‘The noise starts at seven in the morning, and it’s so violent it shakes the units. I woke up this morning, heart pounding, in a shaking bed. I thought it was an earthquake’, says Iranian post-doc Maryam Bozorg.
Suikerlaan developer Rizoem notified students that a new construction project was starting in an email newsletter on Friday. Bozorg initially dismissed the news, because ‘we are living in a construction site already: can it really get worse?’
But when the workers began installing giant poles with pile drivers into the ground before anyone was awake, it got worse.
‘People are not exaggerating about the noise’, says Spanish student David Cendoya. ‘It’s way too much. It’s already the fourth day; the shaking and noise are just horrible.’
Van Wijnen project developer Noor Wit assures students that this stage of construction will be over by Thursday, 15 November. ‘I was there earlier this week – and it was really, really loud.’
But she says once they move on to the foundation stage, there shouldn’t be so much noise. They will begin mounting the pre-fabricated homes in January, and the entire construction project should be completed by May or June. ‘But it is a brand new project, and those often take longer than we expect.’
Wit says she notifies Rizoem as each stage of construction begins, and Rizoem in turn informs the Suikerlaan tenants. But there is a difference between being informed that your life will be disrupted for several weeks and being able to do something about it. She agrees there should be some way for tenants to complain or ask questions, but currently there is no avenue to do so.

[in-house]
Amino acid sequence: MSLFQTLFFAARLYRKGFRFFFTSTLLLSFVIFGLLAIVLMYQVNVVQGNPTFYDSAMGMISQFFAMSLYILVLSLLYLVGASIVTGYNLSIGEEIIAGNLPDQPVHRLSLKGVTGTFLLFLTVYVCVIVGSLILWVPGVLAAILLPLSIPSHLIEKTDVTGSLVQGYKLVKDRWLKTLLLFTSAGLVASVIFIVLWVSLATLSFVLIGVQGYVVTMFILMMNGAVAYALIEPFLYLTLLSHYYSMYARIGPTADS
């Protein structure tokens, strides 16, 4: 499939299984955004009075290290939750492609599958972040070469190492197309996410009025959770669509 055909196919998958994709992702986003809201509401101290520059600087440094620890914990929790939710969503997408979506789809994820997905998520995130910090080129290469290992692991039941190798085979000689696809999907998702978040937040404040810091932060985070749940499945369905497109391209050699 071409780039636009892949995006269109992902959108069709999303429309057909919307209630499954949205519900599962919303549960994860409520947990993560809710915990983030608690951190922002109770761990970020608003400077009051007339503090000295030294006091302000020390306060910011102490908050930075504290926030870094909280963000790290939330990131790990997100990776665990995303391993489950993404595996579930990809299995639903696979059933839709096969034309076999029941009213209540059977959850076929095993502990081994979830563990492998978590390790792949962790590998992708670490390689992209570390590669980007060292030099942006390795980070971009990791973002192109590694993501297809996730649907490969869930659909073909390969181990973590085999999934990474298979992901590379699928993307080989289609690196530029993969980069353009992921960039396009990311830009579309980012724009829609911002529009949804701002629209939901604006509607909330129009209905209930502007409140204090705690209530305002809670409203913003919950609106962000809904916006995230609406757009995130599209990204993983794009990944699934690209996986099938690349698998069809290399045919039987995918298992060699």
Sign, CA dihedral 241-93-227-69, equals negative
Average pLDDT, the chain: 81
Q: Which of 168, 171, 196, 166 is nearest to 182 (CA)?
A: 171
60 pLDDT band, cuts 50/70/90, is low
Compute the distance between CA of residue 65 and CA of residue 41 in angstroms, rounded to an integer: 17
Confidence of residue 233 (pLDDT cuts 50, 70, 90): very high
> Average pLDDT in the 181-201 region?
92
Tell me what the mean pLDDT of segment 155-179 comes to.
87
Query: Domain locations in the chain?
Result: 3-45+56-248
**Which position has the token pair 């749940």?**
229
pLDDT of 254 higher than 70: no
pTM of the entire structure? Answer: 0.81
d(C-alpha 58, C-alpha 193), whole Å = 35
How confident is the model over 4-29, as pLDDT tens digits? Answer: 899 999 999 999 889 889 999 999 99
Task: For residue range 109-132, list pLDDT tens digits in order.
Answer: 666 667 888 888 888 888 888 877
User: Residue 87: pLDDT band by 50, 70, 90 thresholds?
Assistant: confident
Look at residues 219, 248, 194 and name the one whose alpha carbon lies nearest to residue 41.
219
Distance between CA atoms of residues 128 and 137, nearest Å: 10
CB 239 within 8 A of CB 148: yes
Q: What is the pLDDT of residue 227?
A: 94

As for the noise this week, Wit says it isn’t possible for construction to start even an hour later in the mornings. ‘The company doing the construction has to finish by Thursday. They won’t like having to work later into the evening. And I’m not in a position to require that’, she says. ‘It’s only two more days. I hope students can understand.’
But students are fed up with being understanding. ‘Our living condition is unbearable!’ says Bozorg. ‘Do they even consider that we are living here? The units were delivered late, damaged, and with so many problems: water, electricity, heating. Mud is everywhere; we have construction going on in our living areas – and now this?’
Bozorg feels like the university promotes the Suikerlaan units while ignoring the ongoing quality of life issues that international students have to put up with. ‘No one actually cares.’
Cendoya calls the whole situation ‘depressing’. Students live in a ‘construction site full of dirt, puddles, machines, and noise. This isn’t going to stop. They are going to build in the parcel next to us now and I just don’t want to live like this.’
According to Wit, the Van Wijnen housing development will be an ‘experimental neighborhood of the future’ with all manner of fancy sustainable features, including heating installations and a smart grid to reduce energy use. Groningen certainly needs more housing: so who will live in these? ‘Maybe students’, says Wit. ‘Maybe university employees. It will be more expensive than student houses.’